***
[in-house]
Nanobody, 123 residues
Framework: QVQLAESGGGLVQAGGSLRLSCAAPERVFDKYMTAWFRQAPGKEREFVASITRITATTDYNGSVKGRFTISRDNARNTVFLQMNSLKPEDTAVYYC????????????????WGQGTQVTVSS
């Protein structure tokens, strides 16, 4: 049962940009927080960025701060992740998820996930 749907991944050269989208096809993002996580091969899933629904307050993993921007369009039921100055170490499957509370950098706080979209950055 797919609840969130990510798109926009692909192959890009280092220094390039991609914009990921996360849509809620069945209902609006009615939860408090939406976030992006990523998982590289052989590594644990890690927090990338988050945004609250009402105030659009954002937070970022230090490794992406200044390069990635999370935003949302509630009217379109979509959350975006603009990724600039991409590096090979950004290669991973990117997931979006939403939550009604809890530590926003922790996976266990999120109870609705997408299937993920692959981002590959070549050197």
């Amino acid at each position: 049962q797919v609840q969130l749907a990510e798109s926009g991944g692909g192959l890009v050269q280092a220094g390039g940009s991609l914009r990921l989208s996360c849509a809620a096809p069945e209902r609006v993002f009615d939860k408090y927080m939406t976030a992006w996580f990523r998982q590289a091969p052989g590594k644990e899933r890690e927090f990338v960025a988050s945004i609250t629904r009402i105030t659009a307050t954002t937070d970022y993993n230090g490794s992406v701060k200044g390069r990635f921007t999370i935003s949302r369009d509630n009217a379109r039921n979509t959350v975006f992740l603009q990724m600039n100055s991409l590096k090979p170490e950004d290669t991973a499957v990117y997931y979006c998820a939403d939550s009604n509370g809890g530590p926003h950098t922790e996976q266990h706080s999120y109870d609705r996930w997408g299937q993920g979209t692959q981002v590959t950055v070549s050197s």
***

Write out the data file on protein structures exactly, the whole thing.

[in-house]
Nanobody, 123 residues
Framework: QVQLAESGGGLVQAGGSLRLSCAAPERVFDKYMTAWFRQAPGKEREFVASITRITATTDYNGSVKGRFTISRDNARNTVFLQMNSLKPEDTAVYYC????????????????WGQGTQVTVSS
């Protein structure tokens, strides 16, 4: 049962940009927080960025701060992740998820996930 749907991944050269989208096809993002996580091969899933629904307050993993921007369009039921100055170490499957509370950098706080979209950055 797919609840969130990510798109926009692909192959890009280092220094390039991609914009990921996360849509809620069945209902609006009615939860408090939406976030992006990523998982590289052989590594644990890690927090990338988050945004609250009402105030659009954002937070970022230090490794992406200044390069990635999370935003949302509630009217379109979509959350975006603009990724600039991409590096090979950004290669991973990117997931979006939403939550009604809890530590926003922790996976266990999120109870609705997408299937993920692959981002590959070549050197």
């Amino acid at each position: 049962q797919v609840q969130l749907a990510e798109s926009g991944g692909g192959l890009v050269q280092a220094g390039g940009s991609l914009r990921l989208s996360c849509a809620a096809p069945e209902r609006v993002f009615d939860k408090y927080m939406t976030a992006w996580f990523r998982q590289a091969p052989g590594k644990e899933r890690e927090f990338v960025a988050s945004i609250t629904r009402i105030t659009a307050t954002t937070d970022y993993n230090g490794s992406v701060k200044g390069r990635f921007t999370i935003s949302r369009d509630n009217a379109r039921n979509t959350v975006f992740l603009q990724m600039n100055s991409l590096k090979p170490e950004d290669t991973a499957v990117y997931y979006c998820a939403d939550s009604n509370g809890g530590p926003h950098t922790e996976q266990h706080s999120y109870d609705r996930w997408g299937q993920g979209t692959q981002v590959t950055v070549s050197s």